“I had to stand out in ’44 because I was tied to Geelong. I was 18 when I first played in ’45 and I was the youngest then,” said Hands in recalling how it all began.

“In those days I was still living with my family in Highton, about five miles out of Geelong. I used to ride a bike to Geelong station, catch the train up to Melbourne to play, then catch the train home that night. I did that for five years and never missed a game.

“I remember all the khaki in the crowd towards the end of the ’45 season. Our soldiers were returning from the war and at Princes Park the club arranged a spot for them on the hill - there were no seats then - so they could watch the Carlton games for nothing."

In October 2016, Hands celebrated his 90th birthday in the company of John and Don Nicholls, both of whom he helped recruit some 60 years before.

“In those days the coach, the captain, the secretary and a few others used to do the running around Victoria trying to sign players,” Hands once told this reporter.

“I can recall going up there not long after Don had won the best and fairest in the Ballarat League when he was 14 or 15, and that’s who we went up to sign.

“We were at the Nicholls farm outside Primrose talking to the boys’ father when John and Don got off the bus. I can still see John now with his short pants and great big tree trunk thighs and I can remember saying to Perc Bentley, ‘God, have a look at him!’ And the old man said, ‘Well, if you get one you’ll get them both’.”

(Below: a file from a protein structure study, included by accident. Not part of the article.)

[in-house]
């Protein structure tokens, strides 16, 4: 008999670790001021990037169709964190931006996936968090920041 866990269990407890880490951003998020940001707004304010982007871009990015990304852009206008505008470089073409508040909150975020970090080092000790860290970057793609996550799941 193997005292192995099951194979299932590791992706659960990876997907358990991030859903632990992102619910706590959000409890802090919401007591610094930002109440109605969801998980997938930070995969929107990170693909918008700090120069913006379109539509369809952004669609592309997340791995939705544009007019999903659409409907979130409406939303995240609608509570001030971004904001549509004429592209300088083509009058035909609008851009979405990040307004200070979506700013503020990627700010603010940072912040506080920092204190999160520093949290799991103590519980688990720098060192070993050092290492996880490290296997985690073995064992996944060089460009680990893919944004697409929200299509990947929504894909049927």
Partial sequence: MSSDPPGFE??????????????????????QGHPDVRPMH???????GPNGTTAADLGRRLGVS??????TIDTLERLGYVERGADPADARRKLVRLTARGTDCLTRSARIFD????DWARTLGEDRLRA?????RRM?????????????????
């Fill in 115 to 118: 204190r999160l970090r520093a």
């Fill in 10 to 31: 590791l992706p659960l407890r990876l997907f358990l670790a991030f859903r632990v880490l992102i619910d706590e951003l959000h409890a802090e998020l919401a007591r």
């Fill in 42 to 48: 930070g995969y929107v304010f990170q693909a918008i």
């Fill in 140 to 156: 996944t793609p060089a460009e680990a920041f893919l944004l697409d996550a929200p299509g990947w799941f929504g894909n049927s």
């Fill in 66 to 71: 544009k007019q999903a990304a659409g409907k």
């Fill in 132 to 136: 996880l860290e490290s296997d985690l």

John and Don followed Hands down the race and onto Princes Park in the opening round of 1957, in what doubled as ‘Big Nick’s senior debut - and the latter learned much from the then Carlton ruckman and captain as he revealed in a previous interview.

“Apart from his coaching, Ken showed me by example what a good captain should be; of the advantage it was for a team to have a strong leader - a ruckman for preference, but a leader who set an example, who will protect the players, who will kick that valuable goal when needed and will give the necessary lift to a side. Certainly Hands did this,” said Nicholls.

“In his years as coach, Ken taught me the importance of the use of the body in marking duels and ruck duels, and how to go about getting your body between your opponent and the ball.”

Hands’ beloved second wife Janet died in 2016 He is survived by his daughters Janet and Robyn son John, and grandchildren Alistair, Callum and Louise.

“To us, Dad was Dad, a loving father and grandfather,” John said. “His legacy at Carlton will live forever as will the name and reputation in the business world, but to us he was just our loving and generous Dad and Pa.

“He loved the club and could never have imagined going anywhere else, even when presented with the opportunity. Dad loved the Carlton Football Club with all his heart.”

A private funeral for Ken Hands will be held in the ensuing days, with a “Celebration of Life” planned for early 2018 (details to be confirmed).